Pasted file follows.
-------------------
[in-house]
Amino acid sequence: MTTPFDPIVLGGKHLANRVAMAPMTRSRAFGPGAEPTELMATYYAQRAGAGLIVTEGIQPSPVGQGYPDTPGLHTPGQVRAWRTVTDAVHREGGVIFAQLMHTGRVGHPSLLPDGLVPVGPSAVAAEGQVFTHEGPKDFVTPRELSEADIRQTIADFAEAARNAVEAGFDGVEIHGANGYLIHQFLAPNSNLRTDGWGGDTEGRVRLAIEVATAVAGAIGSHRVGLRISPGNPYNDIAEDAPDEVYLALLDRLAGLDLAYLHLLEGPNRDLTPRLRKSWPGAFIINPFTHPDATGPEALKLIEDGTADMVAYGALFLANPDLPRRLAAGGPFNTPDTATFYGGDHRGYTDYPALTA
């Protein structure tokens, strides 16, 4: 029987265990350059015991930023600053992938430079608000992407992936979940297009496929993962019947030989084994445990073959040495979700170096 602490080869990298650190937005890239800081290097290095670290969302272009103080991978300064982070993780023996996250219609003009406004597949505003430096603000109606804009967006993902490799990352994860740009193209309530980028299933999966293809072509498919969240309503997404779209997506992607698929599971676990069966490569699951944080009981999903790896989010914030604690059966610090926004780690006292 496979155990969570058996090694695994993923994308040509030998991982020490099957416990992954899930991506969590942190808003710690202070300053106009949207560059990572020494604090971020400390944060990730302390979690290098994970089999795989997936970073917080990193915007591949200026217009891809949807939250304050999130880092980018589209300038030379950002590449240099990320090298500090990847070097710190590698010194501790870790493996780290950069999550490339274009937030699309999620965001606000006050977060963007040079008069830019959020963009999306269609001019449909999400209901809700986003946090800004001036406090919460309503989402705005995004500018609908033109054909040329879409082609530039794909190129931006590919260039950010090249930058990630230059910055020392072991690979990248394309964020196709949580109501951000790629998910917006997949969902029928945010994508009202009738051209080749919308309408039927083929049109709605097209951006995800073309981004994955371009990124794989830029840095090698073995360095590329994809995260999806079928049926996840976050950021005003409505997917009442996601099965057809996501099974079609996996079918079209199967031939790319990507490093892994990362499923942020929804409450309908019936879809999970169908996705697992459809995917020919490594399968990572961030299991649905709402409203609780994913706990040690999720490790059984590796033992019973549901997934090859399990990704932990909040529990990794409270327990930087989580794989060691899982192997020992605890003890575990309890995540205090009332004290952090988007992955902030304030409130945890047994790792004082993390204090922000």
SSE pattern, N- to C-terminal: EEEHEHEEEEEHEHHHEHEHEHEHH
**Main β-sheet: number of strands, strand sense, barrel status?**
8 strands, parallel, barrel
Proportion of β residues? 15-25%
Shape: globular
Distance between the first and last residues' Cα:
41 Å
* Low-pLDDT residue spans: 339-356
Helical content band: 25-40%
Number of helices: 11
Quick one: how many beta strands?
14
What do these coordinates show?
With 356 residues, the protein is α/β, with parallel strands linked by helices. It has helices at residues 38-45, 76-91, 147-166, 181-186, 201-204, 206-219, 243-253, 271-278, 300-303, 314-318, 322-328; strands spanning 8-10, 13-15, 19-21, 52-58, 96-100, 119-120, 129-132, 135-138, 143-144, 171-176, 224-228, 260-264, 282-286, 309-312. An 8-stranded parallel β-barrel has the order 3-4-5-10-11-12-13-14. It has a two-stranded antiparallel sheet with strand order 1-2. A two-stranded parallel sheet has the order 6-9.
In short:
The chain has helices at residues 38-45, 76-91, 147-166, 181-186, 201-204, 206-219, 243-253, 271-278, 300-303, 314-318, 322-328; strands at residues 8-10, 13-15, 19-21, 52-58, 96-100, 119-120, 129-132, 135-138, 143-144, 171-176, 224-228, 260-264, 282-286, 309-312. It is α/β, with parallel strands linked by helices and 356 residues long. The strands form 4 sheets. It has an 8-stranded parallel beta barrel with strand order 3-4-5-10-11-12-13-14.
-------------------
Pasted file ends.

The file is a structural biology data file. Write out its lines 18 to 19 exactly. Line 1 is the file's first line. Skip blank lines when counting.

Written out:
In short:
The chain has helices at residues 38-45, 76-91, 147-166, 181-186, 201-204, 206-219, 243-253, 271-278, 300-303, 314-318, 322-328; strands at residues 8-10, 13-15, 19-21, 52-58, 96-100, 119-120, 129-132, 135-138, 143-144, 171-176, 224-228, 260-264, 282-286, 309-312. It is α/β, with parallel strands linked by helices and 356 residues long. The strands form 4 sheets. It has an 8-stranded parallel beta barrel with strand order 3-4-5-10-11-12-13-14.